Nigeria and Germany sign agreement for the return of Benin Bronze artifacts

Germany and Nigeria have signed an agreement that starts the process for the return of Benin Bronze artifacts that were looted by Europeans more than 120 years ago.

Nigerian officials hope the accord will prompt other countries to follow suit and return all ancient artifacts removed from Africa.

In 1897, a British colonial expedition to the Kingdom of Benin, in what is now southwestern Nigeria, looted vast quantities of treasures from the royal palace, including numerous bas-reliefs and sculptures.

The artifacts ended up spread far and wide. Hundreds were sold to collections such as the Ethnological Museum in Berlin, which has one of the world’s largest groups of historical objects from the Kingdom of Benin, estimated to include about 530 items, including 440 bronzes. Many of them date from the 16th to the 18th centuries.

Two pieces held by the Berlin museum – a commemorative head of a king and a relief slab depicting a king with four attendants – were handed over as German and Nigerian officials signed their “joint political declaration” at the German foreign ministry in Berlin.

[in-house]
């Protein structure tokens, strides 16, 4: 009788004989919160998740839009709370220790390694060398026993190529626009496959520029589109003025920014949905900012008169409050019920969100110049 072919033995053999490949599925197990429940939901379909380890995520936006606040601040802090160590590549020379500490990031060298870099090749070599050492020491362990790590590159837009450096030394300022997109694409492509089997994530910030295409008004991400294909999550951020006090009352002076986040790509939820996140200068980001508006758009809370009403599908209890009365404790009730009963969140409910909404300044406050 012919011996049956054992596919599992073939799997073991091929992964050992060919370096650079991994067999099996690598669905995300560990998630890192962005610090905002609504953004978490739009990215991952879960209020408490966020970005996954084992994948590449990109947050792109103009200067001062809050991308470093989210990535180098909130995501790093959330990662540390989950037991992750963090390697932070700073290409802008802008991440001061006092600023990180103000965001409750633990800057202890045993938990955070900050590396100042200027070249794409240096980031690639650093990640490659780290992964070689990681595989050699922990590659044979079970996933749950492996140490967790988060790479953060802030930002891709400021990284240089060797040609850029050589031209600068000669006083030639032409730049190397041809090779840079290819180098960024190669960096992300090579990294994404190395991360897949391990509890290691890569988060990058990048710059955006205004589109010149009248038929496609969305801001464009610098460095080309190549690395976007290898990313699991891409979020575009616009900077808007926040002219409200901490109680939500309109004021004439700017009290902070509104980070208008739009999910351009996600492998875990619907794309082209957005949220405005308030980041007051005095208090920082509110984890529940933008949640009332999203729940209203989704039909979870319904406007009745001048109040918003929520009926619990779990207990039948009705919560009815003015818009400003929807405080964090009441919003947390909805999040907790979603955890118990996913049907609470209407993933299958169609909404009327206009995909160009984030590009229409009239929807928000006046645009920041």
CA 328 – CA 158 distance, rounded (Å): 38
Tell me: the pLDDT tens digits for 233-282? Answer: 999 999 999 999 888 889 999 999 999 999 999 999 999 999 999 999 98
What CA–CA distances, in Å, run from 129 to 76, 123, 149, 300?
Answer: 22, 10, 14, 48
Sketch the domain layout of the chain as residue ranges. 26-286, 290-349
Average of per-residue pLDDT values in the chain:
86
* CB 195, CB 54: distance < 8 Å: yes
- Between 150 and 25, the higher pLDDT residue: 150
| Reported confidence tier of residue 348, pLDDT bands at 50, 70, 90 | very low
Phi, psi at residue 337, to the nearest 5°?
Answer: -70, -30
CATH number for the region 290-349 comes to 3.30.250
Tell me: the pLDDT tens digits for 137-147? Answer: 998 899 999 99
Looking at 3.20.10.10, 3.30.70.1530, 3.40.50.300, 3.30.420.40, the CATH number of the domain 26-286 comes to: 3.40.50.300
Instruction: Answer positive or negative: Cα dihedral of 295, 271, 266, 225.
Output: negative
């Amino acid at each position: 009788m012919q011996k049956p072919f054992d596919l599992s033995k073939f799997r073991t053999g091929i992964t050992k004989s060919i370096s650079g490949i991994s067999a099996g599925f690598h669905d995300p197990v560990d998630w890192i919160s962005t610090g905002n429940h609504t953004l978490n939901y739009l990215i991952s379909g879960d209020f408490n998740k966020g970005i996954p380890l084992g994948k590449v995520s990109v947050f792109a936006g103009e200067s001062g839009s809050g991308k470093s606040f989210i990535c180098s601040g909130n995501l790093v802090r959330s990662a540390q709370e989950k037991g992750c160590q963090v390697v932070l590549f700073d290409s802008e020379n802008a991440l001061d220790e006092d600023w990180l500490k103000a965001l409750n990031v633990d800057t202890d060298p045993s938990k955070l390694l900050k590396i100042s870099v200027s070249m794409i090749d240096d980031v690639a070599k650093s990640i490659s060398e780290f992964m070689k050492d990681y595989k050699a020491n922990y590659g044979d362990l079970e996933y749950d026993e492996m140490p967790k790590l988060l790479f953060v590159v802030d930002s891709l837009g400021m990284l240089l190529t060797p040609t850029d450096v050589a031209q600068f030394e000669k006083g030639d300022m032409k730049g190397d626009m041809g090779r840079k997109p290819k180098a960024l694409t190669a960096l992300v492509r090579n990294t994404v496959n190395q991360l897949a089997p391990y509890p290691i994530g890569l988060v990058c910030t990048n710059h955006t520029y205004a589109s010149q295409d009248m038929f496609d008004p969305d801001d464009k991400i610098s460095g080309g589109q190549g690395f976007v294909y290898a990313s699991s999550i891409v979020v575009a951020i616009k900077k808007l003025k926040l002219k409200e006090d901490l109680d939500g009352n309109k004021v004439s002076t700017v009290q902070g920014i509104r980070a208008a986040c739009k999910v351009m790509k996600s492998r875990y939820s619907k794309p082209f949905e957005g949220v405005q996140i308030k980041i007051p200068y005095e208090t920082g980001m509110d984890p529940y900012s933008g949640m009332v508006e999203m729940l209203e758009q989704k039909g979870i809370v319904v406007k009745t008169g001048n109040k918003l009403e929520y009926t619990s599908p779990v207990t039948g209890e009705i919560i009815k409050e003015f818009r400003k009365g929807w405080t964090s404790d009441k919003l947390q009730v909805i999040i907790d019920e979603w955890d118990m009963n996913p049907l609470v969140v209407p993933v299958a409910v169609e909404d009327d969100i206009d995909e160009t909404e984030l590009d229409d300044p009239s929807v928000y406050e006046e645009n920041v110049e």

Governments and museums in Europe and North America have increasingly sought to resolve ownership disputes over objects that were looted during colonial times.

In 2021, Germany announced its intention to return the Benin Bronzes that ended up in the country and officials did not give a timeline for the return of the remaining artefacts, but Berlin’s Ethnological Museum said an agreement on the rest of the bronzes it holds will follow later this year.

The agreement provides for museum cooperation between Germany and Nigeria. Germany is helping Nigeria set up a new museum in Benin City where bronzes will be displayed.

Nigeria’s Minister of Culture, Lai Mohammed, thanked Germany for having “taken the lead in correcting the wrongs of the past”, hailing “the dawn of a new era of cooperation”.